Abstract & Commentary

New Malaria Recommendations for Greece — October, 2011

By Mary-Louise Scully, MD, FAAP, Director, Travel and Tropical Medicine Center, Sansum Clinic, Santa Barbara, CA

Dr. Scully reports no financial relationship to this field of study. This article originally appeared in the December 2011 issue of Travel Medicine Advisor. At that time it was peer reviewed by Lin H. Chen, MD, Assistant Clinical Professor, Harvard Medical School; Director, Travel Medicine Center, Mt. Auburn Hospital, Cambridge, MA.

Dr. Chen has received research grants from the Centers for Disease Control and Prevention and Xcellerex.

Synopsis: Due to ongoing evidence for malaria transmission in the Laconia (Lakonia) district of Greece, the Centers for Disease Control and Prevention (CDC) is now recommending that travelers to this area take anti-malarial chemoprophylaxis. The enhanced use of personal protection measures against mosquito bites in this and other agricultural areas of Greece is also recommended.

Source: CDC Alert. New Malaria Recommendations for Greece. Available at: www.cdc.gov/malaria/malariagreece.htm. Accessed Nov. 5, 2011.

Greek health authorities recently published findings of 36 cases of Plasmodium vivax malaria in Greece occurring between May 2011 and September 2011.1 Twenty of these malaria cases had no travel history outside of Greece and the remaining 16 cases were in persons from malaria-endemic countries where local transmission vs. importation could not be determined (migrant cases). The majority of all the cases occurred in the southern agricultural area of Evrotas, Laconia. Other areas included the Evia/Euboea (island east of Central Greece region), Eastern Attiki, Viotia, and Larissa districts (see map, below). All 36 cases were confirmed as P. vivax by both PCR and microscopy identification.

The median age of reported cases was 36 years, but the median age in migrant cases was lower (24 years) and migrant cases were all male. All cases were hospitalized, treated, and recovered except for one fatality in a patient with underlying cardiac and pulmonary disease who developed acute respiratory distress syndrome. Most were treated with a 3-day course of chloroquine followed by a 14-day course of primaquine. Only one case had glucose-6-phosphate dehydrogenase (G6PD) deficiency and, therefore, did not receive primaquine.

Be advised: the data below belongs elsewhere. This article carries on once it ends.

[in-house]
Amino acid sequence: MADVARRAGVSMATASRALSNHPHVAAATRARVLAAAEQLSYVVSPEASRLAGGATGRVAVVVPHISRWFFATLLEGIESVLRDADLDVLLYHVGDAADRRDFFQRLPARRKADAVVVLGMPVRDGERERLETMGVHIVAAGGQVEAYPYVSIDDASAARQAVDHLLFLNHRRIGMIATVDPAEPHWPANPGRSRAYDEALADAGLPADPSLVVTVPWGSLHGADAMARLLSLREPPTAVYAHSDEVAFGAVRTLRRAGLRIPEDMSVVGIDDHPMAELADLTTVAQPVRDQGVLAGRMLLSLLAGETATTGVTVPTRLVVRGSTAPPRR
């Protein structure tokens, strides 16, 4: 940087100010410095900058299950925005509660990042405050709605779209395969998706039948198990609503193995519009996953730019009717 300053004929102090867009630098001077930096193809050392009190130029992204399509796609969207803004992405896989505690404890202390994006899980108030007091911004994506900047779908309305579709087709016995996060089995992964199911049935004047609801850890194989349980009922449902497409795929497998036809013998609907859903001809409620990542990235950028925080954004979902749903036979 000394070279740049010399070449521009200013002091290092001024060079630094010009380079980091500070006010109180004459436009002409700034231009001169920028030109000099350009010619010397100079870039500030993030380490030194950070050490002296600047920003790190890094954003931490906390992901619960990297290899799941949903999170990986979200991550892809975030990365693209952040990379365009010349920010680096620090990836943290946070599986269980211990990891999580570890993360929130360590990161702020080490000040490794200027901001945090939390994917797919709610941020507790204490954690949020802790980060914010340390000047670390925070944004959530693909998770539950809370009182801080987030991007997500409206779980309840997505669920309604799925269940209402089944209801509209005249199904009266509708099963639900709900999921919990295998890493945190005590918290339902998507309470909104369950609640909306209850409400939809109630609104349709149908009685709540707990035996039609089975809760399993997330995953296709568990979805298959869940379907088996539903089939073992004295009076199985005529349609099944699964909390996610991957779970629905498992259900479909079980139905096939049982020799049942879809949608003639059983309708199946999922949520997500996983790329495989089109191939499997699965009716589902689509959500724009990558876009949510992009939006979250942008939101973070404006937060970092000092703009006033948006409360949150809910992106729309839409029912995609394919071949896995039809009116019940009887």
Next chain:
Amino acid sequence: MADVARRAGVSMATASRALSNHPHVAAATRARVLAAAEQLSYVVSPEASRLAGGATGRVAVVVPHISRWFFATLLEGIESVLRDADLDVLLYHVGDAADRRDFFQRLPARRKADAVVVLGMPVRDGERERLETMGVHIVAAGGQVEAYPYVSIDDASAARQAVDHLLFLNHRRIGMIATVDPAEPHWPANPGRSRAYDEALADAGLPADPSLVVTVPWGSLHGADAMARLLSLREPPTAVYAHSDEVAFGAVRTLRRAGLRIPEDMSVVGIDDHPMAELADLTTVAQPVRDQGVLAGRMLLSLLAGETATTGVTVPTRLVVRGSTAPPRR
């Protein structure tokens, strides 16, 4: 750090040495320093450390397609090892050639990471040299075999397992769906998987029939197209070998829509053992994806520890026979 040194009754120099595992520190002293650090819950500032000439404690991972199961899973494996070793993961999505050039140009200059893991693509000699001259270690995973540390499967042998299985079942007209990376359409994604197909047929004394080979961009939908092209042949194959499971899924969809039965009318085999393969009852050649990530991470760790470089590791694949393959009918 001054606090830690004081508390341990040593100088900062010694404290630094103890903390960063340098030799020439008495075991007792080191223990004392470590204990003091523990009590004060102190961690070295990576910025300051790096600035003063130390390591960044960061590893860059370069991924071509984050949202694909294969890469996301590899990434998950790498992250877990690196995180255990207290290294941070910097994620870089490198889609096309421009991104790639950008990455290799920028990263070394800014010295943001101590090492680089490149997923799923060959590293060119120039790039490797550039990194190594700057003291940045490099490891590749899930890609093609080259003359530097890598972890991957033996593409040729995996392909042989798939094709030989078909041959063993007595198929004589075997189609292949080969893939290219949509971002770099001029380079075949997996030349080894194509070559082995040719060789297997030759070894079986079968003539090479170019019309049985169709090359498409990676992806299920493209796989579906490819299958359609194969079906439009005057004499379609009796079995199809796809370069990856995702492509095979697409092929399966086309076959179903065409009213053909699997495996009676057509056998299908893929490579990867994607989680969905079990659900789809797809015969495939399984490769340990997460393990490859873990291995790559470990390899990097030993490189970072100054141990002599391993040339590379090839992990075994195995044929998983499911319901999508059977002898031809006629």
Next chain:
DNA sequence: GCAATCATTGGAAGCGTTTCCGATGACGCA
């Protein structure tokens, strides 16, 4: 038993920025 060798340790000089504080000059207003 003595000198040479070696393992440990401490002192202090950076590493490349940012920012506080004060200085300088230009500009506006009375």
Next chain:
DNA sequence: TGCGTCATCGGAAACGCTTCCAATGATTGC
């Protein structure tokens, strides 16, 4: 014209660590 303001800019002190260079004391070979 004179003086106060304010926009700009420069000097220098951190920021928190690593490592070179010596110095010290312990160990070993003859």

The Laconia (Lakonia) district is an agricultural plain that lies in the delta region of the Evrotas River. The authors note that this area has fresh-water springs, irrigation and drainage channels, and coastal wetlands that provide ideal breeding grounds for the 15 species of Anopheles mosquitoes found in Greece, of which five species are considered to be potential malaria vectors. Anopheles sacharovi and Anopheles claviger were the most commonly identified species in the areas of outbreaks.

In the Evrotas area, it is estimated that migrant farm workers make up 2,000-4,000 of the total population of 4,485 depending on the time of year. Approximately 80% of migrant workers in this area are from Pakistan, about 15% from Romania, and the remaining are from Morocco. In the other outbreak areas of Greece there were also high numbers of migrant workers from malaria-endemic countries, especially the Indian subcontinent. These areas of Greece are not typically visited by tourists.

In light of the ongoing malaria transmission in the Laconia district of Greece, the U.S. CDC now recommends that travelers to this destination take malaria chemoprophylaxis. Appropriate anti-malarials (U.S. CDC) include atovaquone-proguanil (Malarone®), chloroquine, doxycycline, mefloquine, or primaquine. Primaquine use requires prior testing for G6PD deficiency.

Commentary

Malaria was eradicated from Greece in 1974, though occasional sporadic cases of local mosquito-borne transmission have occurred throughout the years. This outbreak is unique both in the number of cases and the sustained transmission that is ongoing. The combination of ideal climate, close proximity of human and mosquito populations, and increasing numbers of migrant workers from malaria-endemic countries are contributing to the outbreak.

Table Distribution of malaria cases in Greece

All the cases were secondary to P. vivax, for which full treatment requires presumptive anti-relapse therapy (PART) with primaquine to eradicate the hypnozoite forms that remain dormant in the liver. The dose is 30 mg/day for 14 days. Primaquine is contraindicated in persons with G6PD deficiency and pregnant females, so testing is necessary before its use. The most prevalent G6PD variants are G6PD A- and G6PD Mediterranean. These variants can result in severe hemolysis by the sudden destruction of older, more enzyme-deficient red blood cells after exposure to drugs like primaquine, nitrofurantoin, sulfamethoxasole, or foods such as fava beans.2

In addition to the recommended use of anti-malarials in travelers to the Laconia district of Greece, clinicians globally should be aware of this outbreak and include malaria in the possible differential diagnosis of any febrile patient returning after travel to Greece.

References

  1. Danis K, et al. Autochthonous Plasmodium vivax malaria in Greece, 2011. Euro Surveill 2011;6(42). Available at: www.eurosurveillance.org/ViewArticle.aspx?ArticleId=19993.
  2. G6PD Deficiency Favism Association. Available at: http://www.g6pd.org/favism/English/index.mvc. Accessed Nov. 5, 2011.